Caregiver Rights

  • Be treated with dignity and respect
  • Be treated as a member of your youth’s welfare team
  • Not be discriminated against on the basis of race, religion, sex, gender identity, gender expression, sexual orientation, national origin, age or disability
  • Receive training and support while caring for your youth, including but not limited to, best practices related to the cultural competency of LGBTQ+ youth
  • Receive payments to help you support your youth in accordance with state law and state budget allocation
  • Obtain your youth’s biographical and medical information
  • Receive notice of placement plans or court proceedings that could affect your youth’s placement
  • Receive notice of children and family team meetings (CFTs), parent-teacher conferences, and other meetings related to the care, placement, or services of your youth
  • Assist with planning visitation with your youth’s parents or siblings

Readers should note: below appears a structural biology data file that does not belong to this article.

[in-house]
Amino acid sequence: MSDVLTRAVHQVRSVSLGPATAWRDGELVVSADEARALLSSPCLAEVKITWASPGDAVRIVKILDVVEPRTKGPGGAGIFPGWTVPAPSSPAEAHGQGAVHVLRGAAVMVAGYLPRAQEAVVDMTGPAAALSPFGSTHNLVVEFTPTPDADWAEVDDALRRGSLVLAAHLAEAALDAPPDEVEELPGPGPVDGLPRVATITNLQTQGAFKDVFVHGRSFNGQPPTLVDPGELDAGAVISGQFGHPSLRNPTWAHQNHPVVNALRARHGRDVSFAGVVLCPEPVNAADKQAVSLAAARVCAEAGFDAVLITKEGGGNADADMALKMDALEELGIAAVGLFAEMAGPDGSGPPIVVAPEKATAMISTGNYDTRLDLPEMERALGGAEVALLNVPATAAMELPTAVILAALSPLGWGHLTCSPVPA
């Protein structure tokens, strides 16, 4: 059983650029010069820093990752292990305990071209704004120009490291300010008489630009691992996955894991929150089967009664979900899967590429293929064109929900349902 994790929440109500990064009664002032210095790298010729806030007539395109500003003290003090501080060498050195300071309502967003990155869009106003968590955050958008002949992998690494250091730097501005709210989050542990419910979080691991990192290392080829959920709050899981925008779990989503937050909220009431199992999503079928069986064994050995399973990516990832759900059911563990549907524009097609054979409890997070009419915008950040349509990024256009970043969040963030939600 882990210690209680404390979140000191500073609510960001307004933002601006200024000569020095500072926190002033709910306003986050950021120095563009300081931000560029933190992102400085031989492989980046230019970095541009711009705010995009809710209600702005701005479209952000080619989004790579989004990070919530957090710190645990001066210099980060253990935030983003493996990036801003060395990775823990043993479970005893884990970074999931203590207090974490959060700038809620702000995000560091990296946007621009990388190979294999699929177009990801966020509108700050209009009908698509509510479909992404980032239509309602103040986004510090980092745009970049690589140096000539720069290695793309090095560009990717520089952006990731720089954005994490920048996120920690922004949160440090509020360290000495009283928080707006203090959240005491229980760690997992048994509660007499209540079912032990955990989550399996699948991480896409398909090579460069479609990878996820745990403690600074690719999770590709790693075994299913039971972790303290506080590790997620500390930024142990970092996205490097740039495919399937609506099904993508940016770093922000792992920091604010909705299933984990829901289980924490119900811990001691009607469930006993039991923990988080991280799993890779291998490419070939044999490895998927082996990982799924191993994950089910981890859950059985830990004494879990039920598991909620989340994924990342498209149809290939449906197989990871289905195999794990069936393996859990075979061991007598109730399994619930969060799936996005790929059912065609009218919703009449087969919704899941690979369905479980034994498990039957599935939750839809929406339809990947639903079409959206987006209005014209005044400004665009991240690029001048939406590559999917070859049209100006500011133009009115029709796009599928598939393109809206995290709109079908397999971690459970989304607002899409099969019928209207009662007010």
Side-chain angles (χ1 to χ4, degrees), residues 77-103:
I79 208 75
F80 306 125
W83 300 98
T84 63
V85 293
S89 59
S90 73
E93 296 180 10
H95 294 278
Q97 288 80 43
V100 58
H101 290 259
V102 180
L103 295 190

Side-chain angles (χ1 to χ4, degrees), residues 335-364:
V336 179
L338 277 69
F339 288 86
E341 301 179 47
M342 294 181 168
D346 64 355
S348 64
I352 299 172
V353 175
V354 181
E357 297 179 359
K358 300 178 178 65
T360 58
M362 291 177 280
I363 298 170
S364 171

• Communicate with other professionals working with your youth, including social workers, probation officers, lawyers, therapists, teachers, doctors, etc.
  • Use Reasonable and Prudent Parent Standard (RPPS) to make parenting decisions that will maintain the safety of your youth and support their emotional and developmental growth
  • Attend medical appointments with your youth if they request that you come
  • Fill out the JV-222 form on behalf of your youth to inform the court that you do not agree with the prescribed medications being given to your youth
  • Advocate on behalf of your youth regarding their placement, care, services, and rights
  • Contact Community Care Licensing and the Office of the Foster Care Ombudsperson
  • Make educational decisions on behalf of your youth if you become their education rights holder
Toll-free hotline
MS 8-13-25
744 P Street
Sacramento, CA 95814